Reading Van Til, Evangelicals & Catholicism, and African Ontology & Epistemology

In this episode, we answer questions from our listeners and discuss a few things we’ve been contemplating recently. We discuss a proposed reading list for the works of Cornelius Van Til, worshiping on Sunday, Evangelicals and Catholics Together, and African worldview and theology. It’s a wide-ranging conversation and one we hope you enjoy.

Dissertations/Theses Mentioned

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Christ the Center focuses on Reformed Christian theology. In each episode a group of informed panelists discusses important issues in order to encourage critical thinking and a better understanding of Reformed doctrine with a view toward godly living. Browse more episodes from this program or subscribe to the podcast feed.

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Richard Lindberg

8 months ago

I’ve read Defense of the Faith. Right now I am working my way through his syllabi, though I am now reading Survey of Christian Epistemology. There I am reading Van Til’s review of Augustine. Van Til is easier to read than Augustine.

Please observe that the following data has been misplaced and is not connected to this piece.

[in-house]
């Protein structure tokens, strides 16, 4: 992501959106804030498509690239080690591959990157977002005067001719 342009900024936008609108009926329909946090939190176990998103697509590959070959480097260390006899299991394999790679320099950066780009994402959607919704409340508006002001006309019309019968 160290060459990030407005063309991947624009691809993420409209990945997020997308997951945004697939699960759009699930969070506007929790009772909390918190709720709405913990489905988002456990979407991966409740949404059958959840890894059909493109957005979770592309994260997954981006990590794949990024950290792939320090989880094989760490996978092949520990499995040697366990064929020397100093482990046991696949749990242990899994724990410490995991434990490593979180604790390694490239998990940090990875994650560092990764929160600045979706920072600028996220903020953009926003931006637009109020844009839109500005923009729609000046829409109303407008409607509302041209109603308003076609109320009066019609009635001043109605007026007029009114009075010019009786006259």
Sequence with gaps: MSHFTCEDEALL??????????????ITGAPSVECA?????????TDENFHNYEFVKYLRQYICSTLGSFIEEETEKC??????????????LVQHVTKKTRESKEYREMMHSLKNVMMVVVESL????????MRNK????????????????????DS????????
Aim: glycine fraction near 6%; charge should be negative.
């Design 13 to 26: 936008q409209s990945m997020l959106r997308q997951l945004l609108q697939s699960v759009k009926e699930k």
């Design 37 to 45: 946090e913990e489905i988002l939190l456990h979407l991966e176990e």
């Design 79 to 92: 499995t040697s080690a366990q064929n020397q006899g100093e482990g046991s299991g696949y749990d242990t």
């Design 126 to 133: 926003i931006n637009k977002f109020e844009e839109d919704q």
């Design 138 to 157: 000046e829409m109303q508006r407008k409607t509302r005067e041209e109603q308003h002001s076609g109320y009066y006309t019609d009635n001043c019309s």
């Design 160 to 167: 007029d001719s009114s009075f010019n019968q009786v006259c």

Wesley

8 months ago

I’m starting with Vos, but have to admit, probably especially given my only time to read it at night after a long day, I am struggling.

Patrick

8 months ago

Don’t be too down, it takes a few readings of Vos before you really start grasping him.

Kedric Webster

8 months ago

Really appreciate this podcast. I listened to the whole thing to get to the part about African theology and it was worth the wait. It is fascinating to learn about Kwame Bediako.

The Wikipedia page about him said he had two doctorates. The institute he helped found, the Akrofi-Christaller Institute of Theology, Mission and Culture, states that it’s “a scholarly institution established by the Presbyterian Church of Ghana to serve the wider Christian community in Ghana and Africa.” The headline on the home page says “God is the primary reality in all things.” Well that’s eye opening.

It was Philip Jenkins that first awakened in me the presence of the ancient Christian faith as found in Africa and what can be called Mesopotamian Christianity, or the Church of the East. His book on the Lost History of Christianity is a jewel of information that contains primary sources from ancient writers who identified their Metropolitan as Baghdad. As far as being unaware of what else is out there, these sources can also be added to it.

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